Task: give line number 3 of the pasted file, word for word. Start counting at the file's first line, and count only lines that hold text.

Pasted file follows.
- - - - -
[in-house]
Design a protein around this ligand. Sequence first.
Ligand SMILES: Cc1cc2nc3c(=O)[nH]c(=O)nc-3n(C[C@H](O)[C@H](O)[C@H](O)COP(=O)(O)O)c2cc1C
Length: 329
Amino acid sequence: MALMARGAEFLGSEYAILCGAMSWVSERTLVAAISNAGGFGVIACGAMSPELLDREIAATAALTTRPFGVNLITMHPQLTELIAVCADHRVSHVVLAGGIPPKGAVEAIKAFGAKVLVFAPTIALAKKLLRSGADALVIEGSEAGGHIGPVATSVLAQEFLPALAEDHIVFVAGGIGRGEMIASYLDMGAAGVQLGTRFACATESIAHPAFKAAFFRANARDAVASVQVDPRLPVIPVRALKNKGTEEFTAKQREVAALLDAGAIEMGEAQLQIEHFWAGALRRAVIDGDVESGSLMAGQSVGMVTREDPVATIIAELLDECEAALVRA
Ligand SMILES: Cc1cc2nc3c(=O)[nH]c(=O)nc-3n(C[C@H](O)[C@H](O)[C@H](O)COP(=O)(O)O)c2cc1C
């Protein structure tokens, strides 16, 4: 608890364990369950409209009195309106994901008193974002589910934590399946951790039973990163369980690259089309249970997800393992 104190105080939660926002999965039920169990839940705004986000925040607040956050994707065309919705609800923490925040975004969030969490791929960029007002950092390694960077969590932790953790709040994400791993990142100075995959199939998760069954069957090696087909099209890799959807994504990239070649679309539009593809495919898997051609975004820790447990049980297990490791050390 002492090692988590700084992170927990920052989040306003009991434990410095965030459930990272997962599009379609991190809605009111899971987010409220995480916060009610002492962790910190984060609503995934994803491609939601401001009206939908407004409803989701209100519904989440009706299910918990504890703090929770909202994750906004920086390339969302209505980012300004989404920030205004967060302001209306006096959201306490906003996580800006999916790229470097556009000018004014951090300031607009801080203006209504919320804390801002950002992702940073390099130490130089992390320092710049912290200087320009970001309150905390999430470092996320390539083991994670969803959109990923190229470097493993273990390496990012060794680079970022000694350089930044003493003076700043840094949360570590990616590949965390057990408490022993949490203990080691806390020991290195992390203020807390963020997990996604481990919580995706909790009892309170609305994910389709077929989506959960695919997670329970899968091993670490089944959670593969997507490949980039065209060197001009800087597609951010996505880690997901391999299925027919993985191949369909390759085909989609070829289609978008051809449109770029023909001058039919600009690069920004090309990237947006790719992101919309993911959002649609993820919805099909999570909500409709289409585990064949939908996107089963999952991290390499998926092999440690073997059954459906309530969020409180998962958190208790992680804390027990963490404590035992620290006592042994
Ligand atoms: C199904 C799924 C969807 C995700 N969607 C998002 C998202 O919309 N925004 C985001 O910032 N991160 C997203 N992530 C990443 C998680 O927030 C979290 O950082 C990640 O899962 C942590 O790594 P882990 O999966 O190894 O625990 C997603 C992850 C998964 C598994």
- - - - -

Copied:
Ligand SMILES: Cc1cc2nc3c(=O)[nH]c(=O)nc-3n(C[C@H](O)[C@H](O)[C@H](O)COP(=O)(O)O)c2cc1C